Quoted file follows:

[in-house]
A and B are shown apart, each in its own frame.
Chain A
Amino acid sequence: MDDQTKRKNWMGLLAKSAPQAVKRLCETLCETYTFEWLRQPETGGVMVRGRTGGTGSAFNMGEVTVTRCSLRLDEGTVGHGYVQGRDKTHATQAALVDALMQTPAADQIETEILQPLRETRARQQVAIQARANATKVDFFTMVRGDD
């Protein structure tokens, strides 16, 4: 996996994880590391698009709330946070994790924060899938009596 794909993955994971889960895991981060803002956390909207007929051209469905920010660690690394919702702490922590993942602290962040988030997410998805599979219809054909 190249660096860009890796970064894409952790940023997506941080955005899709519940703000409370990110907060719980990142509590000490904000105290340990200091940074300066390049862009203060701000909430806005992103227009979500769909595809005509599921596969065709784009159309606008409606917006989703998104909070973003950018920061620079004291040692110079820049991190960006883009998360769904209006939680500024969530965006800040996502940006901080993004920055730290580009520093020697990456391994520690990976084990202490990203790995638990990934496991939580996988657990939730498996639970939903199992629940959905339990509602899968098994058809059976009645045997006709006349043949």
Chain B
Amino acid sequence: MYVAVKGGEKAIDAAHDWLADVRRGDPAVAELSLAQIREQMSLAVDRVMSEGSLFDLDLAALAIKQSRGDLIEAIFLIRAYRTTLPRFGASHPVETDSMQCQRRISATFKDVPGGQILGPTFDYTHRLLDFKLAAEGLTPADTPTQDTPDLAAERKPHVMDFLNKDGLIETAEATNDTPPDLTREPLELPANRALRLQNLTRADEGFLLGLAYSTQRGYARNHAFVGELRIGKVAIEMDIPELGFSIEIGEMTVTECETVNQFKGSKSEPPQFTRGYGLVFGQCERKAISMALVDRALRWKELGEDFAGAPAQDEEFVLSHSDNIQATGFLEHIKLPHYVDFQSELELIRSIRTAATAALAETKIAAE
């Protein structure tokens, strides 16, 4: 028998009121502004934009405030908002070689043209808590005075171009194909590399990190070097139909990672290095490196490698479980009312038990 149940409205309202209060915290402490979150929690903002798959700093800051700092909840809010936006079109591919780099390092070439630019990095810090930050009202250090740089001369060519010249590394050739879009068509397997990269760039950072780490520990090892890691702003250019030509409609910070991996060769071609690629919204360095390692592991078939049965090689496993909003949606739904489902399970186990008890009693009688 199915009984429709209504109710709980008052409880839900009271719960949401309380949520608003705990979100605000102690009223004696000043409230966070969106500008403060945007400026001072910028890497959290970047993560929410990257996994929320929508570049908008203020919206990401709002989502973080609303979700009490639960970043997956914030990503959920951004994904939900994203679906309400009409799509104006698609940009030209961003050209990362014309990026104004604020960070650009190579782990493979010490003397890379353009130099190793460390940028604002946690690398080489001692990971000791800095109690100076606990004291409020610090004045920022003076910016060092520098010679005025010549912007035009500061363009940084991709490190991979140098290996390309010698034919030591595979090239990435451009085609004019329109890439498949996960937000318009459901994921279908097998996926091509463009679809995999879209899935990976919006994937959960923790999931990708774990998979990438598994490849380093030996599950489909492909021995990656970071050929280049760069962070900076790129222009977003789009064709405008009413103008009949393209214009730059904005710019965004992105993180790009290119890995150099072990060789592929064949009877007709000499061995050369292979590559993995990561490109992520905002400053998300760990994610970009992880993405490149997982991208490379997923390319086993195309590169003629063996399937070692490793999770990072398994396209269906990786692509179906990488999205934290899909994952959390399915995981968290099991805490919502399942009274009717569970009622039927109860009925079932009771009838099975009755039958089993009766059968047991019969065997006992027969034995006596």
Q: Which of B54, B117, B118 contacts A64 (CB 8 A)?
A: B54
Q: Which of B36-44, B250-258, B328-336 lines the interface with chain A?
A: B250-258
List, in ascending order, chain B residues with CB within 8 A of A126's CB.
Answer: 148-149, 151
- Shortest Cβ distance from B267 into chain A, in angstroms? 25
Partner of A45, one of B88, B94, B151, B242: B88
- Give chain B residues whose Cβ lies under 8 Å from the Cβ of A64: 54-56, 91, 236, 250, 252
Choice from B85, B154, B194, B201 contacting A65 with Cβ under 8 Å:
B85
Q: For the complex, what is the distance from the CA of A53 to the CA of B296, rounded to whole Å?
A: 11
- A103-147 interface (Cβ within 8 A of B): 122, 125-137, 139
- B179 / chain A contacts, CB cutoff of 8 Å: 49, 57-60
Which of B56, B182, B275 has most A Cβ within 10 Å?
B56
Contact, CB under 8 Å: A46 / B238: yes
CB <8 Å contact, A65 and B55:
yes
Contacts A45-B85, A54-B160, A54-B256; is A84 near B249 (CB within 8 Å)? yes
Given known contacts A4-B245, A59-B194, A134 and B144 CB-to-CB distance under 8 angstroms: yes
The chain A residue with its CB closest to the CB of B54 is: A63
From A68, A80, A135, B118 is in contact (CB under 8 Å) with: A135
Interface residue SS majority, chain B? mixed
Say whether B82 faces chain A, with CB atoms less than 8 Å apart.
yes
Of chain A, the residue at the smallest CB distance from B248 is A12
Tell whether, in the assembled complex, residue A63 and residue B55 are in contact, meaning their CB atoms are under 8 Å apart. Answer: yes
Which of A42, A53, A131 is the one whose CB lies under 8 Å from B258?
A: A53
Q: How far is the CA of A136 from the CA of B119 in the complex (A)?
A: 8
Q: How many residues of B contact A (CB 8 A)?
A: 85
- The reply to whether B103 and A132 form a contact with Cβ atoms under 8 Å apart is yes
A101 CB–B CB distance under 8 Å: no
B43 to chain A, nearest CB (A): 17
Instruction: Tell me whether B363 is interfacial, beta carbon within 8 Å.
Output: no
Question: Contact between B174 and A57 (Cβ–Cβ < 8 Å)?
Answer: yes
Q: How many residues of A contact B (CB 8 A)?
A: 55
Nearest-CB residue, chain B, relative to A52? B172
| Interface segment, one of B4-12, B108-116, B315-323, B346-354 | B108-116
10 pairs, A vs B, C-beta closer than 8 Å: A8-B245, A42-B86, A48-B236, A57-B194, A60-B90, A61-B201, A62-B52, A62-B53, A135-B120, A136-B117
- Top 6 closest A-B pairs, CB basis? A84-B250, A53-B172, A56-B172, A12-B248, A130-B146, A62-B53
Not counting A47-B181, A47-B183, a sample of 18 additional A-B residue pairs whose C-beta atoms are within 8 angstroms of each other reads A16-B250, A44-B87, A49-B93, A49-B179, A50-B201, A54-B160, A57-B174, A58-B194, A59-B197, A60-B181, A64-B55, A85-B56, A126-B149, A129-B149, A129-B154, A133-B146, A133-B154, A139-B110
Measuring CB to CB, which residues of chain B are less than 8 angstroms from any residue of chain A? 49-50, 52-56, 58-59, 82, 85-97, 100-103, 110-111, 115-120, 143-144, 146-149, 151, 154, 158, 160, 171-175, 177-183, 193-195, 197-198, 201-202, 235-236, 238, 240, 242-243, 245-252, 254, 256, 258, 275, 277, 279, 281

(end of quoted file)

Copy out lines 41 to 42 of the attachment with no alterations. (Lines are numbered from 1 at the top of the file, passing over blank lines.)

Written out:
A: 8
Q: How many residues of B contact A (CB 8 A)?